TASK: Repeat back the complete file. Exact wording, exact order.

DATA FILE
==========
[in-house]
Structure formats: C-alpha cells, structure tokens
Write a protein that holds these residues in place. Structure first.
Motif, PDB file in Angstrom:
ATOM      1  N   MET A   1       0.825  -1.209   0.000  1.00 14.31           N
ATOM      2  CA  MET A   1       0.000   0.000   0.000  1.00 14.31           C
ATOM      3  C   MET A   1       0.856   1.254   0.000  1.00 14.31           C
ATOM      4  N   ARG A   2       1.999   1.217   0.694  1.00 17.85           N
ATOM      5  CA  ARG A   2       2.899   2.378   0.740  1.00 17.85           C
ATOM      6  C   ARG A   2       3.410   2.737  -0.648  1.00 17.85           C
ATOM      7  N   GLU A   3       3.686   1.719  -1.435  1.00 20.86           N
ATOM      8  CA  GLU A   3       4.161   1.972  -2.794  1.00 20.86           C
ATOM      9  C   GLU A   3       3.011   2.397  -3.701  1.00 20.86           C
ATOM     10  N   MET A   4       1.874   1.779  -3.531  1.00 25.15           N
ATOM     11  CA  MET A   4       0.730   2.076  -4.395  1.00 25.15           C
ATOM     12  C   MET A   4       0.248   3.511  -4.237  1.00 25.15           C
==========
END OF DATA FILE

[in-house]
Structure formats: C-alpha cells, structure tokens
Write a protein that holds these residues in place. Structure first.
Motif, PDB file in Angstrom:
ATOM      1  N   MET A   1       0.825  -1.209   0.000  1.00 14.31           N
ATOM      2  CA  MET A   1       0.000   0.000   0.000  1.00 14.31           C
ATOM      3  C   MET A   1       0.856   1.254   0.000  1.00 14.31           C
ATOM      4  N   ARG A   2       1.999   1.217   0.694  1.00 17.85           N
ATOM      5  CA  ARG A   2       2.899   2.378   0.740  1.00 17.85           C
ATOM      6  C   ARG A   2       3.410   2.737  -0.648  1.00 17.85           C
ATOM      7  N   GLU A   3       3.686   1.719  -1.435  1.00 20.86           N
ATOM      8  CA  GLU A   3       4.161   1.972  -2.794  1.00 20.86           C
ATOM      9  C   GLU A   3       3.011   2.397  -3.701  1.00 20.86           C
ATOM     10  N   MET A   4       1.874   1.779  -3.531  1.00 25.15           N
ATOM     11  CA  MET A   4       0.730   2.076  -4.395  1.00 25.15           C
ATOM     12  C   MET A   4       0.248   3.511  -4.237  1.00 25.15           C